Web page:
This review challenges the traditional interpretation of infants' and young children's responses to three types of potentially "fear-inducing" stimuli-snakes and spiders, heights, and strangers. The traditional account is that these stimuli are the objects of infants' earliest developing fears. We present evidence against the traditional account, and provide an alternative explanation of infants' behaviors toward each stimulus. Specifically, we propose that behaviors typically interpreted as "fearful" really reflect an array of stimulus-specific responses that are highly dependent on context, learning, and the perceptual features of the stimuli. We speculate about why researchers so commonly misinterpret these behaviors, and conclude with future directions for studying the development of fear in infants and young children. (PsycINFO Database Record (c) 2019 APA, all rights reserved).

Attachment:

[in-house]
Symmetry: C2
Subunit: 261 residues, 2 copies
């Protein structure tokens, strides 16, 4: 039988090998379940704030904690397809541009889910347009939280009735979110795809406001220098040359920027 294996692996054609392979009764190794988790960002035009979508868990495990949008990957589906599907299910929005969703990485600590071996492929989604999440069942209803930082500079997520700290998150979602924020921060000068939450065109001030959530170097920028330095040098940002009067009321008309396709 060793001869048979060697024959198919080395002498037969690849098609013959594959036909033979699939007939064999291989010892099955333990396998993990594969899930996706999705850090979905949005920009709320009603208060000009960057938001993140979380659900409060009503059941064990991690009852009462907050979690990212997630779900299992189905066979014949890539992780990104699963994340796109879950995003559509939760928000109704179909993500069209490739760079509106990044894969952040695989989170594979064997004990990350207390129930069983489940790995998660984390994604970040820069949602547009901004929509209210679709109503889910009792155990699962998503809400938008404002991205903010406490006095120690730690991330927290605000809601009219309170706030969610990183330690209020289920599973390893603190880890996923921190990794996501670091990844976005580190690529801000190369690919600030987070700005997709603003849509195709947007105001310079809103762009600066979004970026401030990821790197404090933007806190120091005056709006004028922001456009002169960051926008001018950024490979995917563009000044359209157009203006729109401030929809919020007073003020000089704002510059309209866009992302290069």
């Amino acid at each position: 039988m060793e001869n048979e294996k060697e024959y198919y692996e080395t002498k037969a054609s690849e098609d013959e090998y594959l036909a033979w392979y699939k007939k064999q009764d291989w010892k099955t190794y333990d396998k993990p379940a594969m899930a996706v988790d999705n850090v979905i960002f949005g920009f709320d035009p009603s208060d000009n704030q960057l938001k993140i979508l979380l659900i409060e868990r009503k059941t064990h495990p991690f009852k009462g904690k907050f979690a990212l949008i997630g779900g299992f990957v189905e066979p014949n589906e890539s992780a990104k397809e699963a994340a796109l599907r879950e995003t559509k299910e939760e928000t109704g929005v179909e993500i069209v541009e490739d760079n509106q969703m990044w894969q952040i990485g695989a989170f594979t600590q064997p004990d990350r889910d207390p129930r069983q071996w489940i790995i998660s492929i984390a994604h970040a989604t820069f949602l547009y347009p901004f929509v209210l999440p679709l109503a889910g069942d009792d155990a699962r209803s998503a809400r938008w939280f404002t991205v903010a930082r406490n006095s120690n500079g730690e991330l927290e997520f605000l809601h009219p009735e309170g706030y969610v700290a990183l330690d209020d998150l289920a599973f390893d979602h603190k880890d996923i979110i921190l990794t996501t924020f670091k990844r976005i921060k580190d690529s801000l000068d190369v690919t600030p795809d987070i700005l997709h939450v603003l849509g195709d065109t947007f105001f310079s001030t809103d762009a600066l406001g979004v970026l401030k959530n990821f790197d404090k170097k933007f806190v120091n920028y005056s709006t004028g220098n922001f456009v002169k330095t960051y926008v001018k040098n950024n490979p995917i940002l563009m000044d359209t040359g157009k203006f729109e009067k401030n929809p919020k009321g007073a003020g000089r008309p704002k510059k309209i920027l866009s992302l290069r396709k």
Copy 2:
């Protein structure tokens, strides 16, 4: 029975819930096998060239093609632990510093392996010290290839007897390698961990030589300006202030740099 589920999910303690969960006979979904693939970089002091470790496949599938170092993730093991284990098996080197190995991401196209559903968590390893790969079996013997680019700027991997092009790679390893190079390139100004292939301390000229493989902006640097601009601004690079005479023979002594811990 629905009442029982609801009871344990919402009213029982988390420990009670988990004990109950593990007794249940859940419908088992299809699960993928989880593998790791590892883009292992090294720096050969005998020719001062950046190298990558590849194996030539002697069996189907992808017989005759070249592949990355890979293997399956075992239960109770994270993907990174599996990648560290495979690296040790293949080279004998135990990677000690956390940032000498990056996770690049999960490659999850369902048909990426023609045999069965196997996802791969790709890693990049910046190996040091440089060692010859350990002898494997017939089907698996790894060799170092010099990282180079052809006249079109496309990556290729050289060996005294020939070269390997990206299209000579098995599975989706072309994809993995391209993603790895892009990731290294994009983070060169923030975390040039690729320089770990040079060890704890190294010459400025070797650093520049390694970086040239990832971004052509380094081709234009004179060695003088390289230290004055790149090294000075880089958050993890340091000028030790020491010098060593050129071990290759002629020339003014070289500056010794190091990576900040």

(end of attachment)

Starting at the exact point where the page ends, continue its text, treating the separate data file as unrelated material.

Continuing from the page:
ASJC Scopus subject areas
- Developmental and Educational Psychology
- Life-span and Life-course Studies